Scott, S. E. (----). Race/ethnicity, historiographic private prisons, and labor punishment. In S. Bowman (Ed.), Racism in the U.S. prison system (--- - ---). Santa Barbara: ABCCLIO/Greenwood.
Pollock, J. M., & Scott, S. E. (2008). Study guide: Crime & justice in America: An introduction to criminal justice. Cincinnati: LexisNexis/Anderson Publishing.
Schildkraut, J. (2012, In Press). The Remote Is Controlled By The Monster: Issues of Mediatized Violence and School Shootings. In Glenn W. Muschert & Johanna Sumiala (Eds.) School Shootings: Mediatized Violence in a Global Age (pp. 235-258). Bingley, United Kingdom: Emerald Publishing Group Limited.
Schildkraut, J. (2012). Serial killers: Psychiatry, criminology, responsibility. Book review for Criminal Law and Criminal Justice Books, Rutgers University. Available at http://clcjbooks.rutgers.edu/books/serial_killers.html. Schildkraut, J. (2012). An Inmate’s Right To Die: Legal and Ethical Considerations in Death Row Volunteering. Criminal Justice Studies: A Critical Journal of Crime, Law and Society. (Online First – doi: 10.1080/1478601X.2012.720575) Schildkraut, J. (2012, Forthcoming). Media and Massacre: A Comparative Analysis of the Reporting of the 2007 Virginia Tech Shootings. Fast Capitalism, 9(1). Schildkraut, J., & Donley, A.M. (2012). Murder in Black: A Media Distortion Analysis of 2010 Homicides in Baltimore. Homicide Studies, 16(2), 175-196. Howard E. Williams was invited to attend the Third Annual Australasian ECD Best Practices Conference in Wellington, New Zealand, 29 October – 1 November, 2012, to present and discuss his recently published paper "The Braidwood Commission reports on TASER use in Canada: An evidence-based policy review." ************************************************************************** Texas State University & the Department of Criminal Justice Hosts the
23rd Annual Competition & Seminar for Crisis Negotiations January 8 - 11, 2013 For details contact: Dr. Wayman Mullins at email@example.com.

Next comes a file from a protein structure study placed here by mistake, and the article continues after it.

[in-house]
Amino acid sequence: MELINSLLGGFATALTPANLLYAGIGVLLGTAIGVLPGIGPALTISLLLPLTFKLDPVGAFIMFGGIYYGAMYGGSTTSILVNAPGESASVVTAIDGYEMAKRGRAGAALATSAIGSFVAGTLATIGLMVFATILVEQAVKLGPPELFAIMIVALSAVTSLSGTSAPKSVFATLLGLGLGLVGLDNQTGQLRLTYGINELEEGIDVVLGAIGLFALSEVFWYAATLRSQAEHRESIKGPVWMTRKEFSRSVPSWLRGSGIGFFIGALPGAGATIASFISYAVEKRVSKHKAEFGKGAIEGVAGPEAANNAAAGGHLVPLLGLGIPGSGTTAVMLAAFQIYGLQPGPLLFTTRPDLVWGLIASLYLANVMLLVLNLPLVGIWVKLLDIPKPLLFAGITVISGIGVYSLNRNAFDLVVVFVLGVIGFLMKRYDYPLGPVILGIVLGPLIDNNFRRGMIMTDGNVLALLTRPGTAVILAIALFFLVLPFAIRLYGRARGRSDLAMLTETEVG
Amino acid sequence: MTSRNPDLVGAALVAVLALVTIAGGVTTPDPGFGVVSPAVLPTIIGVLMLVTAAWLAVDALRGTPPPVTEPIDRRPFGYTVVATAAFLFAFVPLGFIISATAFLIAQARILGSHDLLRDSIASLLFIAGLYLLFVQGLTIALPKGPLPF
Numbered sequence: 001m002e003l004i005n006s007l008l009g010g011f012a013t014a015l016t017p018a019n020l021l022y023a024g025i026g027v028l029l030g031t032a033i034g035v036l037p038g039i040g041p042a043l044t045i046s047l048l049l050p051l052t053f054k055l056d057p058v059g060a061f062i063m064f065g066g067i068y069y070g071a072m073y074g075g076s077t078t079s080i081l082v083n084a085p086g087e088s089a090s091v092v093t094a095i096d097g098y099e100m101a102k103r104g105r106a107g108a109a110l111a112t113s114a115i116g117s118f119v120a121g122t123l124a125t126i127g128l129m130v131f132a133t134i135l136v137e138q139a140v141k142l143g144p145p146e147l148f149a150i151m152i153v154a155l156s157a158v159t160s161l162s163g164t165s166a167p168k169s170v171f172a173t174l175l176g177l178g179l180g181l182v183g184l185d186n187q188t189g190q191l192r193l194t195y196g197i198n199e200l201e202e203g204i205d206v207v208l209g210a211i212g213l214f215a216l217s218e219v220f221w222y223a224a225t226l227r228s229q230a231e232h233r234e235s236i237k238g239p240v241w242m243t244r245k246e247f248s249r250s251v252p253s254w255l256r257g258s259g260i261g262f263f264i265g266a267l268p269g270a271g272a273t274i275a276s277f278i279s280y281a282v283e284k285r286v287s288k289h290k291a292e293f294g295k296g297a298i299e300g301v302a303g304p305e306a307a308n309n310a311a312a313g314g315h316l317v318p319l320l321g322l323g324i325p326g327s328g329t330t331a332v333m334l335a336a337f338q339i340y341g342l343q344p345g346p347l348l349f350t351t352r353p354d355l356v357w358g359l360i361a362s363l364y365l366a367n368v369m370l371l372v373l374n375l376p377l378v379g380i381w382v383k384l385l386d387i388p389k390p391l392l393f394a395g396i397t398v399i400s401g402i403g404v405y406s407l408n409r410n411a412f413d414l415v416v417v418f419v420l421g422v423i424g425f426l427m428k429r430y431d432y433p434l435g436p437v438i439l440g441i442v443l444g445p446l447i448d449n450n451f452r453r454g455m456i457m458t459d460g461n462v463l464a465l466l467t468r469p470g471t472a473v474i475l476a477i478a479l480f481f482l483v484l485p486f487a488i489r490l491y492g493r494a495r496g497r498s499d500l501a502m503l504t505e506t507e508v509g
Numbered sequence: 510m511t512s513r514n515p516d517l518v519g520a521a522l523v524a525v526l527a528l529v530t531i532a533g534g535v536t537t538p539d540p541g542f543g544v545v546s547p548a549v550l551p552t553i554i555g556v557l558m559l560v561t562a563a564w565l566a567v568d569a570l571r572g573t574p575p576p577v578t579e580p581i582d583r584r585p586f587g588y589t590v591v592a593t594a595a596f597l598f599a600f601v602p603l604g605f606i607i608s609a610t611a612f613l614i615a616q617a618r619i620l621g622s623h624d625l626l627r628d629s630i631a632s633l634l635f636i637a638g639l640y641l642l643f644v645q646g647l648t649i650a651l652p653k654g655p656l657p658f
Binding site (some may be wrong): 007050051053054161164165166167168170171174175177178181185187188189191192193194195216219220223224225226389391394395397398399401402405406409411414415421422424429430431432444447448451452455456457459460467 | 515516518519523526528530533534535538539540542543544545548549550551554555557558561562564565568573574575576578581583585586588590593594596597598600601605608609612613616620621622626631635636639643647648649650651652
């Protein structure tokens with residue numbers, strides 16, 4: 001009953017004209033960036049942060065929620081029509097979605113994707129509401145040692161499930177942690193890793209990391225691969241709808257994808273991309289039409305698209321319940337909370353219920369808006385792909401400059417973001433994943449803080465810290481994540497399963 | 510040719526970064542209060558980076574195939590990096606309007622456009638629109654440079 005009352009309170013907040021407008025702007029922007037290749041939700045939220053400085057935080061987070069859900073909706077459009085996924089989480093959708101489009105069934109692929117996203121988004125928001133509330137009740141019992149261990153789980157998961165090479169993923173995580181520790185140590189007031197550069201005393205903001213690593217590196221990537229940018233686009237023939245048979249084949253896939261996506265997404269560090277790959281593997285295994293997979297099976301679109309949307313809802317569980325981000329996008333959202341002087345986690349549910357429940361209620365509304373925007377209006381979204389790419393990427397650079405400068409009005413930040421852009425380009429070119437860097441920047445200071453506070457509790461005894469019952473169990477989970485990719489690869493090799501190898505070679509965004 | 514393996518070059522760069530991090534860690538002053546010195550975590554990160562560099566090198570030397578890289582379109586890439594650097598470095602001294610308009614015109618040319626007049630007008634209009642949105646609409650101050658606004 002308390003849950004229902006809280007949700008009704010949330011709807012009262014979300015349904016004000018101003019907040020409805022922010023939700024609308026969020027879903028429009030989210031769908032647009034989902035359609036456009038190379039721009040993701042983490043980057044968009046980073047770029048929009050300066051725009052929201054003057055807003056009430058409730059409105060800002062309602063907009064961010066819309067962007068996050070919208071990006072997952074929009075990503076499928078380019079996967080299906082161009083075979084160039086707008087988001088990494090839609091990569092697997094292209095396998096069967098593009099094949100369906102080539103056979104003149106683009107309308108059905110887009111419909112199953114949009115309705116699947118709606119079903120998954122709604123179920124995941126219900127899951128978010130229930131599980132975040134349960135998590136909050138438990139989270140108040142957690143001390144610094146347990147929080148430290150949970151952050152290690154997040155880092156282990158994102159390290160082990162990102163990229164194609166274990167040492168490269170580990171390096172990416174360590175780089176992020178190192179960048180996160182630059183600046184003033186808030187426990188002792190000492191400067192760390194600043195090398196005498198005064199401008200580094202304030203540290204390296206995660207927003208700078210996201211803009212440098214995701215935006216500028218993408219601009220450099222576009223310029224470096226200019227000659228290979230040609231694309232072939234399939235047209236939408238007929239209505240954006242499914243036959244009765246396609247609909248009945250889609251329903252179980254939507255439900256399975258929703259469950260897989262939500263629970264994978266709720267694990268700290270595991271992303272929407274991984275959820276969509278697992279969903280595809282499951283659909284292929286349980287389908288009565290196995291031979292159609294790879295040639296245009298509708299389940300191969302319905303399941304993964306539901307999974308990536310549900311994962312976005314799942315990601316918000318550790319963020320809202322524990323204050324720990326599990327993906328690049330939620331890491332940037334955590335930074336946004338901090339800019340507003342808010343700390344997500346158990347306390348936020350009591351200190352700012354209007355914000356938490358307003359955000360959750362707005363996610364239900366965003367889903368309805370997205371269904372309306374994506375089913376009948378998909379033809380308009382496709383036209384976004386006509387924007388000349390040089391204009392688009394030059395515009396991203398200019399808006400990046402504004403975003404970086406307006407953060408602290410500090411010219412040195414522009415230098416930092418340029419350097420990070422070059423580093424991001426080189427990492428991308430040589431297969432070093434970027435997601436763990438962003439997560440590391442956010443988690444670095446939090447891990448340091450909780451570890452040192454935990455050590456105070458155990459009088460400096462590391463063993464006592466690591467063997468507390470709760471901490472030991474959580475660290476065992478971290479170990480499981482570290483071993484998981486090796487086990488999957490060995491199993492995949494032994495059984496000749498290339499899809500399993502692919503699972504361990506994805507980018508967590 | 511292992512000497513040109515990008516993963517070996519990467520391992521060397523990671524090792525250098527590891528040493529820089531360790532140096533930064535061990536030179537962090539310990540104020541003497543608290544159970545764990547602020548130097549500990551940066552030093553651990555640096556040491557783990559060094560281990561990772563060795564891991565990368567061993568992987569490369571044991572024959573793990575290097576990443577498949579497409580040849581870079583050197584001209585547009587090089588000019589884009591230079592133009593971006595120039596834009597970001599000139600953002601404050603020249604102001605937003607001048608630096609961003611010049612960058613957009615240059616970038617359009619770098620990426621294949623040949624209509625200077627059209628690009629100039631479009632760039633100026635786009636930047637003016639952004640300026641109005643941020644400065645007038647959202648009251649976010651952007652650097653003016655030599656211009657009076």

School of Criminal Justice (cont.)
Officers Undergo Active Shooter Training at Texas State University Source: www.myfoxaustin.com Posted: Nov 13, 2012 8:53 PM CST Updated: Nov 13, 2012 9:50 PM CST
From fire range shooting, to busting down barricades and doors, to taking on a vehicle ambush,
law enforcement officers have to stay ahead of the modern criminal. "All the stuff that we're
showing patrol officers today are things that swat teams have been training for years," said John
Curnutt, Director of Training for the Advanced Law Enforcement Rapid Response Training in
In today's world, it has been determined that patrol officers should get some of the hands on
training techniques that SWAT officers already know.
"For decades it was a specialized unit with specialized training and they didn't show it to other
people because hey that unit will handle it, that unit will do it," said Curnutt. But that unit cannot always be there.
At the ALERRT training center at Texas State University in San Marcos, officers from across the
country are getting what is called active shooter response training.
"How to go in and save people who are involved in a mass casualty event like in Aurora,
Colorado, or Virginia Tech or Fort Hood. How to go in there and effectively stop a threat from further injuring or killing people," said Curnutt.
While the training at ALERRT may seem like make-believe scenarios, there are real people who
wish it had come to their communities sooner.
"I lost my daughter in 2006 at a school shooting in Colorado," said John-Michael Keyes, founder of the iloveuguys Foundation.